Decision making. This has been such a struggle for me lately. When I turned 30 a few months ago, I decided to take a more responsible stance in my life. This decision has brought with it even more decisions for me to make. Where do I want to be in 5 years? What work do I want to be doing? What projects do I want to focus on? And I’m terrified.
Am I making the right decision?
Will I regret what I choose?
What if I fail?
Do any of these thoughts sound familiar?
I keep coming back to something I read a while ago in Dr. Susan Jeffer’s book Feel the Fear and Do It Anyway. She says that the root of your fear about making decisions (or taking any action really) is having the belief, “I won’t be able to handle what happens to me.” And that’s exactly what my fear is.
When I’m faced with making decisions to live my dreams, I fear that I’m not strong enough to handle failure, or the consequences of my mistakes or pain. But if I dig deeper into that belief and look at my history, I see that my mind is playing tricks on me. It’s using the cognitive distortion called magnification that David Burns explains in his book The Feeling Good Handbook; basically putting a big spotlight on your perceived faults and overlooking the successes you’ve had.
If I’m honest with myself, everything that has happened in my life, I’ve gone through and handled. I’ve weathered loss of relationships, scary health issues, rejection, depression, and other mishaps and I’m still here. And I’m pretty sure that if you sit and reflect, you’ll find that to be true in some way for you too.
In times of making decisions, we must remember all that we’re capable of. If we let ourselves get caught up in believing that we can’t handle it without remembering all that we’ve handled so far, we are letting our minds play tricks on us, tricks designed to keep us “safe” and pretty much unfulfilled and stagnant.
And you may have noticed that my fears above were around me expecting the worst to happen. This is called catastrophizing which is another cognitive distortion. To combat this it helps to remember how all those situations that you’ve gone through, have likely brought with them some good things: perspective on your place in the world, a deep gratitude for what you do have, renewed confidence, closeness to friends or family and I’m sure you can name some more. Also remind yourself that you cannot tell the future and have no way of being sure that the worst scenario is the one that will happen.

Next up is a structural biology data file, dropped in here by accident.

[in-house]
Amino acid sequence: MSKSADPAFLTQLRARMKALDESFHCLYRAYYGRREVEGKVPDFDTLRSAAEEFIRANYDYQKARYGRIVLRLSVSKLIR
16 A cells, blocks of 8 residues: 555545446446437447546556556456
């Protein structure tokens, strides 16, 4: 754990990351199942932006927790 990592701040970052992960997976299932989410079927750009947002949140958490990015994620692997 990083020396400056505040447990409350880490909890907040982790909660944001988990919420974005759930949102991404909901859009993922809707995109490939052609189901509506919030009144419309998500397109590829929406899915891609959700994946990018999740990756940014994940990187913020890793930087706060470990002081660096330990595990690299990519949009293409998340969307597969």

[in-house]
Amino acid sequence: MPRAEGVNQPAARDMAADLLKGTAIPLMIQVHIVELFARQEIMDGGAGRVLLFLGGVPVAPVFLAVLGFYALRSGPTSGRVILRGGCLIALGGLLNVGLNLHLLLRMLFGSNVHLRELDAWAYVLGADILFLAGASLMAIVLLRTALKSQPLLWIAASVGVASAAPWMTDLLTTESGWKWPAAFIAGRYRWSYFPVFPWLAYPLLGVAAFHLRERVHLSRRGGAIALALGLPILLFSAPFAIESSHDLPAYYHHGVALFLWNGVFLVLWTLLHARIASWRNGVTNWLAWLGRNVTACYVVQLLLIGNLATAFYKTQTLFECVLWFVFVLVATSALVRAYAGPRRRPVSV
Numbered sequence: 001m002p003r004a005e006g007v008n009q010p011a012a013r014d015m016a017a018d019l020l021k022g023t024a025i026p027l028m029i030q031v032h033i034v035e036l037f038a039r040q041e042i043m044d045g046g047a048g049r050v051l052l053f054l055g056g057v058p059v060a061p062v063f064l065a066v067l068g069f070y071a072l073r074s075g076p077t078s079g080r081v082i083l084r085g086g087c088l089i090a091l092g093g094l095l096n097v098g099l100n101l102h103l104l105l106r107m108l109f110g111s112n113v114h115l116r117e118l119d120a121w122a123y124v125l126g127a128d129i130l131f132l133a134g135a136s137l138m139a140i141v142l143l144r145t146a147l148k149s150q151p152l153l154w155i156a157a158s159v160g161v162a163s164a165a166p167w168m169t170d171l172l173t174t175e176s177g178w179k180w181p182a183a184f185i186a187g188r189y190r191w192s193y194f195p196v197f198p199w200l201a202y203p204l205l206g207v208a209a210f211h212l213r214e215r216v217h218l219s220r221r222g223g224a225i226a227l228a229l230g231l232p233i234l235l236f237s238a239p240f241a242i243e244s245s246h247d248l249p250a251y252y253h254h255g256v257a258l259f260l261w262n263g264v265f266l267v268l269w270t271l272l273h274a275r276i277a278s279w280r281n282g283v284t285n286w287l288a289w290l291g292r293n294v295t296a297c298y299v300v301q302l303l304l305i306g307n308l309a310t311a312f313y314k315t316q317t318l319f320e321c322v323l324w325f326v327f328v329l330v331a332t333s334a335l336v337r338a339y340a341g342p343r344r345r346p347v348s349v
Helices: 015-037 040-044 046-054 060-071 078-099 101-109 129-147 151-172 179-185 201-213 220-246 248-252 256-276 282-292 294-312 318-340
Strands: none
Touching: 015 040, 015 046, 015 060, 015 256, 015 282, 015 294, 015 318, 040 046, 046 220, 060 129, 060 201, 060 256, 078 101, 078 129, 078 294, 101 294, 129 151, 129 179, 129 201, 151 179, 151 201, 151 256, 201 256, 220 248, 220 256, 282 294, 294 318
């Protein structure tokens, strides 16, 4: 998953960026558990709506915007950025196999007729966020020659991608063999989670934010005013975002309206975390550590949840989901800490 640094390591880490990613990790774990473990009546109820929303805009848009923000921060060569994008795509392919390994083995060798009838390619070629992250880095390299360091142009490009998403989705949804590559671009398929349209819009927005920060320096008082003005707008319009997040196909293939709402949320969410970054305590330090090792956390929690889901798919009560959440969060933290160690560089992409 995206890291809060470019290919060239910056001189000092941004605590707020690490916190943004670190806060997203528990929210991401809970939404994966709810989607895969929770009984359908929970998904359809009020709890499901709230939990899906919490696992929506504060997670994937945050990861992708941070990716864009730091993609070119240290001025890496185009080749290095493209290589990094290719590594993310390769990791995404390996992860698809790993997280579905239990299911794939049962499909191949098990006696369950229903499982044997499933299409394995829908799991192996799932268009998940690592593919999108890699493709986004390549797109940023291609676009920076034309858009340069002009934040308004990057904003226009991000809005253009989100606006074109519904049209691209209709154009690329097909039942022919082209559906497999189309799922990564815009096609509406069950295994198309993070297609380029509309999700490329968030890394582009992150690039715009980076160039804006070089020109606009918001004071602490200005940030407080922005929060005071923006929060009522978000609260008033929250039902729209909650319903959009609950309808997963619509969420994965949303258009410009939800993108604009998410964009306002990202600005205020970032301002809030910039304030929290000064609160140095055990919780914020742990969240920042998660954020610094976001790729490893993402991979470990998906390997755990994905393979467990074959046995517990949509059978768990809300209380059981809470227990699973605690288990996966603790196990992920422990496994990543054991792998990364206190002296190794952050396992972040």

So when you are faced with a decision that you fear you can’t make:
Remember your past successes in “handling it.” Even if you’ve never experienced what you’re thinking of trying now, you can make use of the same techniques and inner strength you used to handle other things before. Make a list of those experiences, what you learned and what good things came of them and refer to that list every time you doubt your ability to decide for yourself or handle what happens as a consequence of your decision.
Without judgment, observe the thoughts and feelings that come up when you are making a decision, but don’t use them alone to make the decision. Russ Harris in The Happiness Trap suggests that in times of rampant thoughts, you ask yourself “Is what I’m thinking helpful?” To that I would add the question “Does listening to this thought make me take action towards my dream or run away from my goal?” If your thought makes you want to retreat, it’s probably not helpful to take it so seriously.
Find a way to let go once you’ve made the decision. That could be using a written agreement, repeating a helpful sentence (“I made the best decision for myself that I could and I am fully capable of handling the outcome.”) or getting support from a caring person. Whatever you choose doesn’t really matter as long as it helps you move forward without looking back obsessively.
What do you do to make decisions less scary and to ensure that you move forward instead of backward? Share in the comments below.